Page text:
Interface values of temperature, when heat transfer is in question, and of concentration when mass transfer occurs, have to be expressed in many different ways, in accordance with the circumstances.

Often it can be presumed that the two phases are in thermodynamic equilibrium at the surface.
Examples are:

• Heat transfer, when there is neither mass transfer (eg vaporization or condensation) nor chemical reaction (eg catalytic oxidation of a gaseous fuel). In this case the interface temperatures of both phases are equal to the weighted (by the heat-transfer coefficients) average of the local bulk temperatures of the two phases.

• Vaporisation of a liquid into its own vapour. In this case the interface temperature is a function of the local pressure, often expressed by way of the Clausius-Clapeyron equation.

• Vaporisation of a liquid into a gas. In this case the gas-phase interface concentration of the vaporising material is a function of the interface temperature and the local pressure.
The temperature has to be computed by way of a local energy balance in which the latent heat of vaporization plays an important part.

• Combustion of carbon particles in air at high temperature. In this case the concentrations of oxygen and carbon dioxide on both sides of the interface can be taken as zero; the interface temperature then depends on a heat balance involving the rates of:
• mass-transfer of oxidant to the surface,
• conductive heat transfer to the interior of the particle,
• convective heat transfer to the bulk of the gas,
• radiative heat transfer to the surroundings, and
• the heat generated by the chemical reaction.

In-Form enables all such relationships to be expressed with ease.

• TMP1; IPROP=10, the temperature of the first phase derived from the solved-for enthalpy.

Even though temperature differences are the driving force for heat transfer by conduction and radiation, when convection is dominant it is often convenient to employ the enthalpy as the solved-for variable, because contributions of simultaneous mass transfer may be taken easily into account.

Therefore, from its earliest days, PHOENICS has been equipped with means for deducing the fluid temperature from solved-for values of the enthalpy, H1.

The earlier means of doing so are explained by the Encyclopaedia entry for TMP1.

• TMP2; IPROP=11, the temperature of the second phase derived from the solved-for enthalpy.

What has been written about TMP1 applies also to TMP2, with the obvious changes.

• EL1; IPROP=12, the mixing length-scale of the first-phase fluid

The ways in which distributions of this variable can be set by way of built-in coding can be learned from the relevant Encyclopaedia entry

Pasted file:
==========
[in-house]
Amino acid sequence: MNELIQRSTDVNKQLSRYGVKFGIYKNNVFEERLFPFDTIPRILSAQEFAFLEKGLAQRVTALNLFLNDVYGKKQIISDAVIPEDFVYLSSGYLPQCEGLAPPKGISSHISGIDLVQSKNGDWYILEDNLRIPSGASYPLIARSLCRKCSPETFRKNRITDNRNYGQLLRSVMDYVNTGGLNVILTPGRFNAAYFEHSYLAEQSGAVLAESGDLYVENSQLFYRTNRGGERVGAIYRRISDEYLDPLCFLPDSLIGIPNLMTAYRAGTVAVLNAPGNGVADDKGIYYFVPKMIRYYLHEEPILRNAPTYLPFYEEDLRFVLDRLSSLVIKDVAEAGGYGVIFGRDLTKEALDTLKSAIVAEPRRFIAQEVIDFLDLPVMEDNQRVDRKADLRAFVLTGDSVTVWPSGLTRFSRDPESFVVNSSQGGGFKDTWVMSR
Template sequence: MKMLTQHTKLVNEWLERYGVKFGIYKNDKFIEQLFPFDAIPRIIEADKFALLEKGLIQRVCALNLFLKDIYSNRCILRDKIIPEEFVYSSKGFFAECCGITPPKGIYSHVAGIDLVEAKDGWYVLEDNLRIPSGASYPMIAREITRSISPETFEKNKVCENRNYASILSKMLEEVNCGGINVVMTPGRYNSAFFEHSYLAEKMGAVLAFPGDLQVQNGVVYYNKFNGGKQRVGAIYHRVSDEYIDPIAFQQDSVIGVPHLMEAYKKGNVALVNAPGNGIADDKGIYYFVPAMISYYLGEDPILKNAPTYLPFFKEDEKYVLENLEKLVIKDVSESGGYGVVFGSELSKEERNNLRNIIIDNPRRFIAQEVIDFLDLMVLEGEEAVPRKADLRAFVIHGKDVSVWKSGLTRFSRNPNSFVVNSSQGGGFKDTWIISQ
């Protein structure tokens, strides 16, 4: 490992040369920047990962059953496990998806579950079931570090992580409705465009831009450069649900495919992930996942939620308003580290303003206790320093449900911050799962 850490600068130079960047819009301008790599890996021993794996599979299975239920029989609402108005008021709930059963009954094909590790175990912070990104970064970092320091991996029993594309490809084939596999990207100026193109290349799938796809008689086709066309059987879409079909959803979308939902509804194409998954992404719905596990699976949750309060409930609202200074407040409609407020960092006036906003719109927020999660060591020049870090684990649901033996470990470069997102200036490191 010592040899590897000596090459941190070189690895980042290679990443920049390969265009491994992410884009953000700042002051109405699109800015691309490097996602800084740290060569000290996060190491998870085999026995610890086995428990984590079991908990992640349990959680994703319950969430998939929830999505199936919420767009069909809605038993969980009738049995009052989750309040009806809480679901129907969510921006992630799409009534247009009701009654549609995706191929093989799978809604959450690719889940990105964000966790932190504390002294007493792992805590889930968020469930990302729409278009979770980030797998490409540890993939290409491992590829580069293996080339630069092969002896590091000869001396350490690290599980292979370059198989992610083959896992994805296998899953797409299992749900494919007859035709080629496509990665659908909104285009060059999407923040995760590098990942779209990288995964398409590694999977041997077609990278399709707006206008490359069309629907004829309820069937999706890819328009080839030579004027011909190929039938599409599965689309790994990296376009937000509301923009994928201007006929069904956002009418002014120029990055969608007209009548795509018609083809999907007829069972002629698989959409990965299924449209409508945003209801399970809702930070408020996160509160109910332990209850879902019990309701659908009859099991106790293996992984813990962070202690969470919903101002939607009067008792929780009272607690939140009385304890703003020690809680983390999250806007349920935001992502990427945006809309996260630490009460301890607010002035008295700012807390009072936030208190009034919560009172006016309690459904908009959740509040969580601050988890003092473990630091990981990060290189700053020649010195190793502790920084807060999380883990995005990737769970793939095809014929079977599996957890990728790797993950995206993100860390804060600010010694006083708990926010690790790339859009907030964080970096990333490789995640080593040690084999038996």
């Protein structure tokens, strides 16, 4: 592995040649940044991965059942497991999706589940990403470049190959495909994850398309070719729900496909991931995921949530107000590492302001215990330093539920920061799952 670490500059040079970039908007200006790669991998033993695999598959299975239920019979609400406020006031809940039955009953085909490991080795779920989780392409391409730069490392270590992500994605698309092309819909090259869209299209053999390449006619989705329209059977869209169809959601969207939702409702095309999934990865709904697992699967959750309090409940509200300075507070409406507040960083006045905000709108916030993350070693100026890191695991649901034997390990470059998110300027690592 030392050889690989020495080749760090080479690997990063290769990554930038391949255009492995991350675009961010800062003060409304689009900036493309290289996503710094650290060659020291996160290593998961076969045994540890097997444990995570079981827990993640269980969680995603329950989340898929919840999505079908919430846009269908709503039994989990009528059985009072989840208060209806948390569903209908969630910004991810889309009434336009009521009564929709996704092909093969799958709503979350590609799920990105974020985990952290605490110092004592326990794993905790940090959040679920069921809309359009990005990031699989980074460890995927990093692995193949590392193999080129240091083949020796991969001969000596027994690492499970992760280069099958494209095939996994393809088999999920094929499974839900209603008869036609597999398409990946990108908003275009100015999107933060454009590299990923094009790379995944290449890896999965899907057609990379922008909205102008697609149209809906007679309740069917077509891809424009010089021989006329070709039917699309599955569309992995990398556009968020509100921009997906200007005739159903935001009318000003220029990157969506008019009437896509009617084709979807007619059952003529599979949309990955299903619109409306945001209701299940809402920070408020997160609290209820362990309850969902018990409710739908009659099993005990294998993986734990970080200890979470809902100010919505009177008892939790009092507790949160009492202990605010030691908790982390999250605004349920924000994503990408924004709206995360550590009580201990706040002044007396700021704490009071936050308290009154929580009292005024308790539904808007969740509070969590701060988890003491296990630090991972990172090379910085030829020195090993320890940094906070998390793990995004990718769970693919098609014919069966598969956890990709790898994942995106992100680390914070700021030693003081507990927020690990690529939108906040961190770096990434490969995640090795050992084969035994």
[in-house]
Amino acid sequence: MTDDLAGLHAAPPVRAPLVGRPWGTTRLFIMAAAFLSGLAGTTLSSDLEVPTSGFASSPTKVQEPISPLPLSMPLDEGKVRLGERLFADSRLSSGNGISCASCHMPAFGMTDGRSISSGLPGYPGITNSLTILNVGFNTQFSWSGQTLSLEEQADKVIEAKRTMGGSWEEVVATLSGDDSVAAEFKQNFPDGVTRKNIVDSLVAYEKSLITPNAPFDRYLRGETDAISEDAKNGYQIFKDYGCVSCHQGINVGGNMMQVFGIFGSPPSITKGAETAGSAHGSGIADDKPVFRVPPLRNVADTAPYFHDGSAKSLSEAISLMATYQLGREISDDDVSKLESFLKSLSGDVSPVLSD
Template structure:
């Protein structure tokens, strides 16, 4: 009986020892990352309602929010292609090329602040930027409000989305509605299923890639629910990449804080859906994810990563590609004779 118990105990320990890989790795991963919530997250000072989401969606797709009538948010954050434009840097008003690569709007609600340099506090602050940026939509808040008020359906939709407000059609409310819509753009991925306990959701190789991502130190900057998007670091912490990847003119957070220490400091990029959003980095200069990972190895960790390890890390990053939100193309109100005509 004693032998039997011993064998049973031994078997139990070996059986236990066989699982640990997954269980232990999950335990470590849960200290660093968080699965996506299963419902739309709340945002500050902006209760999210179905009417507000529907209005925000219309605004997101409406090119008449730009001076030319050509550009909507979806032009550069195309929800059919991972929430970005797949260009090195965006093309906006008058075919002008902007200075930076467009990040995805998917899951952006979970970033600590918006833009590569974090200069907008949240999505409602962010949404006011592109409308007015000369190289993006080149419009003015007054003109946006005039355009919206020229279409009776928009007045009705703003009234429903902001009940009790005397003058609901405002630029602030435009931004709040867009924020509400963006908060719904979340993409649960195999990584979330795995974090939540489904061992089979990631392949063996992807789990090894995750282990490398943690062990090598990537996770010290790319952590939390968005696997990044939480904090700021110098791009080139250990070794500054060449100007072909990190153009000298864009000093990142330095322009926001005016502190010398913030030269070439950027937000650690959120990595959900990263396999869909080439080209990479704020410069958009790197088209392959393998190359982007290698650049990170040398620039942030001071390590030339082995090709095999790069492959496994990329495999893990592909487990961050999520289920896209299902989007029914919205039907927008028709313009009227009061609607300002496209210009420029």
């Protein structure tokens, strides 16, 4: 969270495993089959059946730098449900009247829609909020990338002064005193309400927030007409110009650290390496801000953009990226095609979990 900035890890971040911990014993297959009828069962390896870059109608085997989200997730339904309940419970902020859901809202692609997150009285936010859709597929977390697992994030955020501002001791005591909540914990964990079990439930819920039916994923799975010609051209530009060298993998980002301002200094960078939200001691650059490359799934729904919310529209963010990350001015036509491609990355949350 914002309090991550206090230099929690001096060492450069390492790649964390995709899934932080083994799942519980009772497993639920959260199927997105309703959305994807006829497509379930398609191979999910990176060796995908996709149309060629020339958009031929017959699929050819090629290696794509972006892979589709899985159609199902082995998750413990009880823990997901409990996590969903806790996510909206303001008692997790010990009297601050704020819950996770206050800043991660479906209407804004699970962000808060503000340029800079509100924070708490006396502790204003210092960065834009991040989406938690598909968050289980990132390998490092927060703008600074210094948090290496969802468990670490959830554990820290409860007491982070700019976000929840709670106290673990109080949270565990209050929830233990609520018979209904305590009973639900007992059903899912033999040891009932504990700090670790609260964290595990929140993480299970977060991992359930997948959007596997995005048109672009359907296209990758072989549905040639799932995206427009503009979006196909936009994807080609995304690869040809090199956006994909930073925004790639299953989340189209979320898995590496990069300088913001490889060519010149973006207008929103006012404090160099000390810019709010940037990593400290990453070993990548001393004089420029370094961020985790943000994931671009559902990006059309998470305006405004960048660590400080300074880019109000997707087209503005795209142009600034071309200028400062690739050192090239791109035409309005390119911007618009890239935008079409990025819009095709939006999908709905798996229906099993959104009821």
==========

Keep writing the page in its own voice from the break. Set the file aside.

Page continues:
Inspecting that entry will reveal that, although much is provided, that provision is still meagre in comparison with what users may reasonably require.

For example, selecting EL1=GRND8 activates the Nikuradze formula in terms of the y-coordinate. But what if it is the x-direction which measures the distance from the wall? More GROUND coding would, prior to PLANT and In-Form, have had to be introduced.

In-Form allows such a desire to be easily satisfied, by writing in the Q1 file an expression such as the following:

(property el1 is :xulast:*(0.14-0.08*(1-2.0*xg/\$
:xulast:)^2-0.06*(1-2*xg/:xulast:)^4 ))

Moreover, any other desired expression can be provided, without any enquiry as to what coding has been built in.

• EL2; IPROP=13, the mixing length-scale of the second-phase fluid

What has been written about EL1, applies of course also to EL2.

• CP1; IPROP=14, the specific heat of the first phase.

The PHOENICS Encyclopaedia contains articles on CP1 and on specific heats at constant pressure.

Both make reference to the fact that PHOENICS can compute temperatures in two different ways, either:

• directly, by solving for TEM1 or TEM2, in which case the enthalpy, if it appears at all is a derived quantity; or
• indirectly, by solving for the enthalpy, H1 or H2, in which case it is the temperature which has to be derived, as was explained in the above discussion of TMP1.

Because of the necessity to effect these derivations swiftly, and in both directions, PHOENICS makes use of an effective-specific-heat concept, defined in a non-standard manner, which however facilitates the easy deduction of enthalpy from temperature and of temperature from enthalpy.

The "effective" specific heat can be regarded as an average value for the range of temperature from a reference value to the prevailing temperature. Care must therefore be used, when using published data, to establish the definition of the specific heat which the publication employs.